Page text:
This is the resinoid of Benzoin Sumatra, produced from the resin of Sumatra Benzoin via solvent extraction with Benzyl benzoate. It is soluble in oil and alcohol.
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This means it is made by dissolving the fresh resin in the solvent, filtering out impurities, and evaporating the solvent from it.
Benzoin Sumatra Resinoid is an aromatic liquid with the colour and consistency of Buckwheat honey in the fall. Though it is pourable at room temperature, a little warmth will help it flow and a warm water bath will help it blend with other compounds.
Benzoin resinoid has a beautiful, mellow Vanilla-like scent with highlights of caramel and bitter almonds.
In perfumery, Benzoin Sumatra Resinoid is considered a fixative since it anchors more fleeting scents in a blend. 1%-2% benzoin is often used to condition alcohol before using it as a perfume solvent. This is said to help eliminate residual fragrances left over from the distillation process and enhance the tenacity of a perfume.
Benzoin contains benzoic acid which acts as a preservative for fats and oils. For this reason, you will often see Benzoin tincture or resinoid added to formulas to keep oils and fats from going rancid. A little bit of Benzoin resinoid, (1%-2%?)will greatly extend the shelf life of products made with Olive oil, grape seed, Almond and many other " unstable" carrier oils. It also helps extend the life of animal fats such as Lard and Tallow. Note that Benzoin resin and tincture only help preserve fats and have no preservative properties when it comes to water-soluble compounds or water-oil emulsions.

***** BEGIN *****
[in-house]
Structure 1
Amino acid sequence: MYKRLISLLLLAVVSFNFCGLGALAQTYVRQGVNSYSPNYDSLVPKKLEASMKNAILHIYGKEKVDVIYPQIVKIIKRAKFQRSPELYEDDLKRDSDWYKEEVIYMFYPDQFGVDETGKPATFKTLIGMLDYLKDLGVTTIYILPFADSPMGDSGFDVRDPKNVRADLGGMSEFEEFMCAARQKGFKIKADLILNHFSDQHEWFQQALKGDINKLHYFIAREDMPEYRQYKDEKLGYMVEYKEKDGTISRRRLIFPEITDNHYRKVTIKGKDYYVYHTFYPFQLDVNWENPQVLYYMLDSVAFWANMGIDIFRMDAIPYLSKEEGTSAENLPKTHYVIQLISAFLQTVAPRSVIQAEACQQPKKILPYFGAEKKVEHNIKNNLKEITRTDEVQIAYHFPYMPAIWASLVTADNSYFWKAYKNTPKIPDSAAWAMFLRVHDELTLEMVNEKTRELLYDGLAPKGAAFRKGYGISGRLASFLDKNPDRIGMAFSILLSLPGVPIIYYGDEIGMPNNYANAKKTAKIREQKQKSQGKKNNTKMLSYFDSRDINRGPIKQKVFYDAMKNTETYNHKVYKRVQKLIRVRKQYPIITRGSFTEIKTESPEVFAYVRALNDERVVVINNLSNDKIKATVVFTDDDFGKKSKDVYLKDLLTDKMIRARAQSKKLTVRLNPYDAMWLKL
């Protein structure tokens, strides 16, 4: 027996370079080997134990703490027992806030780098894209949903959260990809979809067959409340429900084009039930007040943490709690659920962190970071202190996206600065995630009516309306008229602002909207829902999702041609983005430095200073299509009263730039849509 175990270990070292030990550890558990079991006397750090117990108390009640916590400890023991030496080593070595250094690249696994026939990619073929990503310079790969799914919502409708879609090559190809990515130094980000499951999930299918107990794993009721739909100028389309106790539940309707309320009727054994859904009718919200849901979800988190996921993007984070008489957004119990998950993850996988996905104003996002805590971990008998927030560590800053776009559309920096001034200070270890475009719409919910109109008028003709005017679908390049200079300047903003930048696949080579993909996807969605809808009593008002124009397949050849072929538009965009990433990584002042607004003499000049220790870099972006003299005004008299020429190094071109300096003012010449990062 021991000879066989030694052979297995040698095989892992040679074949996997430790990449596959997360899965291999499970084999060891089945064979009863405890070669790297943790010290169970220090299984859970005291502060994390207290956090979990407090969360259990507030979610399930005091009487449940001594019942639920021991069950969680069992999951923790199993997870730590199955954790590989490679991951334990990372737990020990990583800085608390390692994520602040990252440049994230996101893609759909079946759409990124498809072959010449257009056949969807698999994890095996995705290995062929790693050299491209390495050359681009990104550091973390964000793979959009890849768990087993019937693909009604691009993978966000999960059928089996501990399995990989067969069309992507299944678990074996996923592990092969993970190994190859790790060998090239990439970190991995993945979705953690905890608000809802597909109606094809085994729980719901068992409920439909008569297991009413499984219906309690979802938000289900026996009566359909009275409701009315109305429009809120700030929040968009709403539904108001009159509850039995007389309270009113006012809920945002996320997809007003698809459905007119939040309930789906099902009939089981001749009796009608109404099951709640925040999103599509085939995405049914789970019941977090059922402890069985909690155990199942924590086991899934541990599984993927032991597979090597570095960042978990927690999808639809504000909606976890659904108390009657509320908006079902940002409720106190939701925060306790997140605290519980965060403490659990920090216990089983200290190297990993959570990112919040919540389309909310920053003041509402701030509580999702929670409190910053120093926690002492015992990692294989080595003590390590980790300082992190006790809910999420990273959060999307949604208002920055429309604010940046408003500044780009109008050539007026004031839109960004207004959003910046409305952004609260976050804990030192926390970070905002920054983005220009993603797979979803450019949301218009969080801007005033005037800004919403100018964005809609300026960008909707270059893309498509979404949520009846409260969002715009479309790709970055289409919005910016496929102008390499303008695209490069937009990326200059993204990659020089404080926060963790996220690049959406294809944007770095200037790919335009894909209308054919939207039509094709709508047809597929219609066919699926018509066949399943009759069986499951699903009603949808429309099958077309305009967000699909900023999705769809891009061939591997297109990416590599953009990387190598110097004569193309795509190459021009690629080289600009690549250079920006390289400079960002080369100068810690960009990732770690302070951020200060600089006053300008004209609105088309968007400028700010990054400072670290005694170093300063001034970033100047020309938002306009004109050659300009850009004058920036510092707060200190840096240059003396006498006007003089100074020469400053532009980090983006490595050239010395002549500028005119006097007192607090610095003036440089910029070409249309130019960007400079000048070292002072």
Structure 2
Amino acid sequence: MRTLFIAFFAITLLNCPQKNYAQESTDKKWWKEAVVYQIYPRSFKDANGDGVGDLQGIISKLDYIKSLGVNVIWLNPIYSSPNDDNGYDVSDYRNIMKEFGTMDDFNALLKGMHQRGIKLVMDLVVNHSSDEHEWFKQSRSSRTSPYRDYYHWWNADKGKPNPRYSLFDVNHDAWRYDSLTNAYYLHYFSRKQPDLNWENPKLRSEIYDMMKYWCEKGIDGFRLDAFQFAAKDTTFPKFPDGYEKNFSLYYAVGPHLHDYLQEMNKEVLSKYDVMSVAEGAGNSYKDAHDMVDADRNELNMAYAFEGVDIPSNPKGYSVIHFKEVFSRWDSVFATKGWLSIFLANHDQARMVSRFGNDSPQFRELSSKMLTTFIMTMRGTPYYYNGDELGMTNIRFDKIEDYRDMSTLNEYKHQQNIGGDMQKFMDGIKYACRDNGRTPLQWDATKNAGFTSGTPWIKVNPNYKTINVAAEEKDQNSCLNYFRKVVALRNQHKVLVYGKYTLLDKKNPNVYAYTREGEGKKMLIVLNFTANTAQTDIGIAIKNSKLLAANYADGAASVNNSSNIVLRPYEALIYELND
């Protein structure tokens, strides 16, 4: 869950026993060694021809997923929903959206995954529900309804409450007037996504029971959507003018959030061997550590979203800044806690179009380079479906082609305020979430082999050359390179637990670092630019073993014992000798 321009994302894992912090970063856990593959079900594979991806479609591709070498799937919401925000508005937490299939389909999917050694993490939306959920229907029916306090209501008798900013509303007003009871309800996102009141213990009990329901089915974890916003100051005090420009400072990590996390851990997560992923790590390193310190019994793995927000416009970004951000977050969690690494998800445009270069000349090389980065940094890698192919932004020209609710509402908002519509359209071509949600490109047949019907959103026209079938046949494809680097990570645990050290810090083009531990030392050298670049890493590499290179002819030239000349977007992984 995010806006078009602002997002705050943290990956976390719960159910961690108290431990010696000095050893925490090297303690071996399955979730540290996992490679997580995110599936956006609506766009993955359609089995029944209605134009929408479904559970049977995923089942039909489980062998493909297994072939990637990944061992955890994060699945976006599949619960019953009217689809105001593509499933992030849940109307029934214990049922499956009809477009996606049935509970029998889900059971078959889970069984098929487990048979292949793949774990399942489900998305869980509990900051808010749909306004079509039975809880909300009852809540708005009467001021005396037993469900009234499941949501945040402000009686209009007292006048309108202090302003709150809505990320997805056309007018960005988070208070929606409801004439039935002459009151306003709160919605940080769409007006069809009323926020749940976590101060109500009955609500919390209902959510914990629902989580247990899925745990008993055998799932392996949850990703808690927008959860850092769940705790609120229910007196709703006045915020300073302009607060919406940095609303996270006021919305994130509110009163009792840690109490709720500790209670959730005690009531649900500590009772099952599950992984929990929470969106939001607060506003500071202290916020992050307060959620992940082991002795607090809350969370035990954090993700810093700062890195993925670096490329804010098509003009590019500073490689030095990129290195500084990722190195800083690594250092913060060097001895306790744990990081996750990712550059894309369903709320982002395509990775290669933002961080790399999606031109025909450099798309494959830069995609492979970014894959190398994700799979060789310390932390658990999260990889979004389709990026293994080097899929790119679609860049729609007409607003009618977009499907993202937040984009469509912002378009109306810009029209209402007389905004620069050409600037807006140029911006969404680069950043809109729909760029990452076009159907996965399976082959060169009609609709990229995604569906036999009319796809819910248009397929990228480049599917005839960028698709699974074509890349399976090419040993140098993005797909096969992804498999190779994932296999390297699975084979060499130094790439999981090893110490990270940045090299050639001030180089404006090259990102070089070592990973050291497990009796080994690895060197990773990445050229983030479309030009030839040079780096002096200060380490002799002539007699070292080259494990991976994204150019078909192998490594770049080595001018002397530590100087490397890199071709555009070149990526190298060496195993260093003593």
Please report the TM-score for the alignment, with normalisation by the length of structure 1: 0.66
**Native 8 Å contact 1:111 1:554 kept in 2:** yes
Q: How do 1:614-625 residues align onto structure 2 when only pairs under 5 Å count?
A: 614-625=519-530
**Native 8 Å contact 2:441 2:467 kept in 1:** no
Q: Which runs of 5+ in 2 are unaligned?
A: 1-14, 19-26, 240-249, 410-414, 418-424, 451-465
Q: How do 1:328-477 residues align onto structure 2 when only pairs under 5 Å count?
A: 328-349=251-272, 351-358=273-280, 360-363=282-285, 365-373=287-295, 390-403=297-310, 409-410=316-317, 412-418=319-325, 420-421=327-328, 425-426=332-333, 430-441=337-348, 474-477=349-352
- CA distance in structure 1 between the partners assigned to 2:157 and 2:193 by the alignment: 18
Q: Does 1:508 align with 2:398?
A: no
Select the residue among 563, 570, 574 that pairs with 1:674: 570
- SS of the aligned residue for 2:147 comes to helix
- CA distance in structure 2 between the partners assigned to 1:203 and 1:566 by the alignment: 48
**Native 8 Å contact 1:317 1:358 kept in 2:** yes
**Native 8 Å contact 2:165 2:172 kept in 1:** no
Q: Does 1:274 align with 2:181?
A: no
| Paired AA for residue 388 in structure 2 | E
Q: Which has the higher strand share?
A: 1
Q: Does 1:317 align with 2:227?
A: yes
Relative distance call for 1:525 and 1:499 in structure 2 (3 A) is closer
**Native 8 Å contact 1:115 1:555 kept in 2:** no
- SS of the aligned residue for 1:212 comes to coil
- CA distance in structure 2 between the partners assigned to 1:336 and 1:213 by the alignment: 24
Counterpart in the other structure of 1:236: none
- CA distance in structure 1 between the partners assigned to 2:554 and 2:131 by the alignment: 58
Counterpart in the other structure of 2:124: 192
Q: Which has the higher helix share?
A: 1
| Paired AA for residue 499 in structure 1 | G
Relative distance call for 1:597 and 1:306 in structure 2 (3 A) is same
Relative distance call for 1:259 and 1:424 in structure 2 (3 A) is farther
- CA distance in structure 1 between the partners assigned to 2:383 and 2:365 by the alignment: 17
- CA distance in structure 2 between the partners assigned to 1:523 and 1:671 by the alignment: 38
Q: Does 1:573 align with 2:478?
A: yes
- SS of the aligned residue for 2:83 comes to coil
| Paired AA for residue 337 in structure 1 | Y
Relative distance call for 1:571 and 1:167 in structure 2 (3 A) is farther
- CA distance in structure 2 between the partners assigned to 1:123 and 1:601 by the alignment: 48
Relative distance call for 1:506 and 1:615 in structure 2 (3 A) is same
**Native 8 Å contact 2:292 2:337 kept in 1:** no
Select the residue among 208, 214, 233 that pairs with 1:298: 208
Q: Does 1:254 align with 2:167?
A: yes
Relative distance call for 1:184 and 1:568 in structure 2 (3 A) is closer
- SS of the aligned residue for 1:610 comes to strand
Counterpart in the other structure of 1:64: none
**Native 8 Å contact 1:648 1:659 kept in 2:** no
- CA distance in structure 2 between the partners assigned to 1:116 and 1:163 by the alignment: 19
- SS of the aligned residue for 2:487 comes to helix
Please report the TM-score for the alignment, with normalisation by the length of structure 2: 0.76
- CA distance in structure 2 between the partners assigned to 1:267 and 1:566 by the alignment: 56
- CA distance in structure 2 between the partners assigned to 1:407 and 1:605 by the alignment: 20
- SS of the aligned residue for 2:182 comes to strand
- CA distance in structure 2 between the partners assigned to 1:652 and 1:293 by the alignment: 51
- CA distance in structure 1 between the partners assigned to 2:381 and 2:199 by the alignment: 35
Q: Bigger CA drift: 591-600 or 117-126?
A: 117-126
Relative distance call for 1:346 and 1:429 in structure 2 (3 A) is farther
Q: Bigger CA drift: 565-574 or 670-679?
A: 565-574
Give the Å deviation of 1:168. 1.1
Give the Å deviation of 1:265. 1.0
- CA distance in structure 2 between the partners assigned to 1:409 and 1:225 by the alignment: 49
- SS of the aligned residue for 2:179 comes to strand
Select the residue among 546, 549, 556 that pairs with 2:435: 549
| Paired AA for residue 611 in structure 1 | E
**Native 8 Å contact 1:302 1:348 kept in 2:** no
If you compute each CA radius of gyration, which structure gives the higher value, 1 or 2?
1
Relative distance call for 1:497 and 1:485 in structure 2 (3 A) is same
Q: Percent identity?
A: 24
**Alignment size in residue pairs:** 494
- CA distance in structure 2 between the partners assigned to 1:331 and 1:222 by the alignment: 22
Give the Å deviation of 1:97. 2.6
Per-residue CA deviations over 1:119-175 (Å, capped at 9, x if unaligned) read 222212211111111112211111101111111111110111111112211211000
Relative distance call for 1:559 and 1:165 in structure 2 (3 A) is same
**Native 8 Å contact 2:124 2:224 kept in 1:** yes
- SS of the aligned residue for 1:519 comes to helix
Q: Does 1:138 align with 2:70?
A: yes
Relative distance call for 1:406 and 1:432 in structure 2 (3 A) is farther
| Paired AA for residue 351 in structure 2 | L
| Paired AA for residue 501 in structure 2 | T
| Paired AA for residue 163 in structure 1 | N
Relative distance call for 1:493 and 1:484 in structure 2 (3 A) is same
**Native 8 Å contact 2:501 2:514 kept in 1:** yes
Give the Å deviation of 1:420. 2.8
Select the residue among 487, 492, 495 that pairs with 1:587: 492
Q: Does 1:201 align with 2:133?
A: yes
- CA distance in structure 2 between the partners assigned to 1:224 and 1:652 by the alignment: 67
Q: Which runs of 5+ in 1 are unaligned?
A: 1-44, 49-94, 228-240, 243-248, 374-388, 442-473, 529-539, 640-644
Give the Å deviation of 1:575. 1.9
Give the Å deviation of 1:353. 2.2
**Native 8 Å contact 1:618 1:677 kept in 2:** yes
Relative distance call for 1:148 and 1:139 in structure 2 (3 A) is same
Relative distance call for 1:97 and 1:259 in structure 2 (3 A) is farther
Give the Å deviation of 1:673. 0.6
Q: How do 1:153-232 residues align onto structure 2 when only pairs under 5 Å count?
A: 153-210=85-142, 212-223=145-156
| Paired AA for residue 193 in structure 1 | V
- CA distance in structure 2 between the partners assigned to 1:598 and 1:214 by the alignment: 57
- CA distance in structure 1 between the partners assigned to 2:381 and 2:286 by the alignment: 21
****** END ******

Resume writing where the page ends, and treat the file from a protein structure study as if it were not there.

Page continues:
Benzoin was initially brought to the West when Islam spread to Indonesia. Arabian traders discovered a tree resin that reminded them of their Luban, or Frankincense back home. They gave it the name Luban Jawi, which translates as Frankincense of Java. Over the centuries, Benzoin became a mainstay in the aromatic and medicinal repertoires of cultures along the spice route and its name found many iterations.
For the French, LubanJawi became Le BenJawi, Benjawi and eventually Benzoin. The English found it easier to call it Benjamin or Gum Benjamin. To this day we hear it referred to as Gum Benjamin, Benzoin, LubanJawi, Lubanya and Lubanja depending on the country and culture.
Benzoin is the original source of some familiar and important chemicals such as Benzoic acid, Benzyl alcohol, Benzyl Benzoate which we now produce from other raw materials
Benzoin, like Labdanum, is a key ingredient in Chypre and Oriental type perfumes. Many formulas for "Amber" fragrances and Amber perfume accords call for blending Benzoin, Labdanum and Vanilla in various proportions.
Benzoin is collected by incising a V and parting the bark of the tree slightly from the wood. This creates a natural pocket which holds the liquid resin until it sets and gives us the beautiful Benzoin "Almonds" of commerce. (See photos above).
Dissolved in a bit of warm oil, this material makes a wonderful perfume and a classic beard dressing for men.
Blending resins and resinoids is done with greater ease when they are warmed in a water bath. Avoid microwaves and stove tops which give little control over the temperature.
This is a collection of aromatic materials mentioned in the Old & New Testaments and in ancient Egyptian texts. I often get asked to translate biblical plant names and source the materials they mention. They are all here in this collection.